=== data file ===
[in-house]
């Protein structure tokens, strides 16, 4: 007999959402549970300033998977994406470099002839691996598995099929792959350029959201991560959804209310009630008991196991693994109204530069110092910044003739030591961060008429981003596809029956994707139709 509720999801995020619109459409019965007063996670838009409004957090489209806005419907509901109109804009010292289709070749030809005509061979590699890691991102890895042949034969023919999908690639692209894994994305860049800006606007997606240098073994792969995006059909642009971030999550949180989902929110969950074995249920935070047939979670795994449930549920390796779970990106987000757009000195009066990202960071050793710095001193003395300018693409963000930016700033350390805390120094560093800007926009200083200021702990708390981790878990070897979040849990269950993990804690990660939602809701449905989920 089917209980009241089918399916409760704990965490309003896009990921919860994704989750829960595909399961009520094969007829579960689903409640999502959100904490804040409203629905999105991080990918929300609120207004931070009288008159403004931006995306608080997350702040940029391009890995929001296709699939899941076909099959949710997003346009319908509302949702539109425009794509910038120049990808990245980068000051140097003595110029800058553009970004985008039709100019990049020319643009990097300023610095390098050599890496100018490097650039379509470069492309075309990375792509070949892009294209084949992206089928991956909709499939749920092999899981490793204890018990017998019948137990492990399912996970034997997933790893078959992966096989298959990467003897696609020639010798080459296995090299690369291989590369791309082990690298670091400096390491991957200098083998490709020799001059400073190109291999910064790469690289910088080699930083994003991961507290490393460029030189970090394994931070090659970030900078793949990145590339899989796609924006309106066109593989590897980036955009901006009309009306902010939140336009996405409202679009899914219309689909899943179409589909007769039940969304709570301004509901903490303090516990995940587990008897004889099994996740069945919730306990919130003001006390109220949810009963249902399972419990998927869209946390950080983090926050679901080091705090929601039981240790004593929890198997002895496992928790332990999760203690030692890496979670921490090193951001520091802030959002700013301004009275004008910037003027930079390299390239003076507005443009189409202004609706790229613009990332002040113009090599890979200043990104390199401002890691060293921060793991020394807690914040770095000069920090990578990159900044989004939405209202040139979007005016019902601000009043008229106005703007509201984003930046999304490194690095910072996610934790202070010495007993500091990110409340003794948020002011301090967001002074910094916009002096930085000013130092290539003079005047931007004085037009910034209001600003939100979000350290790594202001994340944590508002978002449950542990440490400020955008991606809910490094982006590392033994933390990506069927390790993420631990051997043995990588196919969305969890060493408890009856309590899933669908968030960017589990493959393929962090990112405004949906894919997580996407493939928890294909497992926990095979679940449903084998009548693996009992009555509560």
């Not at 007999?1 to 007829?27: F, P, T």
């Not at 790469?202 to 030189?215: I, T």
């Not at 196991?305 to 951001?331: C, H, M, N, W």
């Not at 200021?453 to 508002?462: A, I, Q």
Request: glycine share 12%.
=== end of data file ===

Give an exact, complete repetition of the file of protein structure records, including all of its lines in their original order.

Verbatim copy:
[in-house]
């Protein structure tokens, strides 16, 4: 007999959402549970300033998977994406470099002839691996598995099929792959350029959201991560959804209310009630008991196991693994109204530069110092910044003739030591961060008429981003596809029956994707139709 509720999801995020619109459409019965007063996670838009409004957090489209806005419907509901109109804009010292289709070749030809005509061979590699890691991102890895042949034969023919999908690639692209894994994305860049800006606007997606240098073994792969995006059909642009971030999550949180989902929110969950074995249920935070047939979670795994449930549920390796779970990106987000757009000195009066990202960071050793710095001193003395300018693409963000930016700033350390805390120094560093800007926009200083200021702990708390981790878990070897979040849990269950993990804690990660939602809701449905989920 089917209980009241089918399916409760704990965490309003896009990921919860994704989750829960595909399961009520094969007829579960689903409640999502959100904490804040409203629905999105991080990918929300609120207004931070009288008159403004931006995306608080997350702040940029391009890995929001296709699939899941076909099959949710997003346009319908509302949702539109425009794509910038120049990808990245980068000051140097003595110029800058553009970004985008039709100019990049020319643009990097300023610095390098050599890496100018490097650039379509470069492309075309990375792509070949892009294209084949992206089928991956909709499939749920092999899981490793204890018990017998019948137990492990399912996970034997997933790893078959992966096989298959990467003897696609020639010798080459296995090299690369291989590369791309082990690298670091400096390491991957200098083998490709020799001059400073190109291999910064790469690289910088080699930083994003991961507290490393460029030189970090394994931070090659970030900078793949990145590339899989796609924006309106066109593989590897980036955009901006009309009306902010939140336009996405409202679009899914219309689909899943179409589909007769039940969304709570301004509901903490303090516990995940587990008897004889099994996740069945919730306990919130003001006390109220949810009963249902399972419990998927869209946390950080983090926050679901080091705090929601039981240790004593929890198997002895496992928790332990999760203690030692890496979670921490090193951001520091802030959002700013301004009275004008910037003027930079390299390239003076507005443009189409202004609706790229613009990332002040113009090599890979200043990104390199401002890691060293921060793991020394807690914040770095000069920090990578990159900044989004939405209202040139979007005016019902601000009043008229106005703007509201984003930046999304490194690095910072996610934790202070010495007993500091990110409340003794948020002011301090967001002074910094916009002096930085000013130092290539003079005047931007004085037009910034209001600003939100979000350290790594202001994340944590508002978002449950542990440490400020955008991606809910490094982006590392033994933390990506069927390790993420631990051997043995990588196919969305969890060493408890009856309590899933669908968030960017589990493959393929962090990112405004949906894919997580996407493939928890294909497992926990095979679940449903084998009548693996009992009555509560």
């Not at 007999?1 to 007829?27: F, P, T």
């Not at 790469?202 to 030189?215: I, T």
């Not at 196991?305 to 951001?331: C, H, M, N, W």
């Not at 200021?453 to 508002?462: A, I, Q």
Request: glycine share 12%.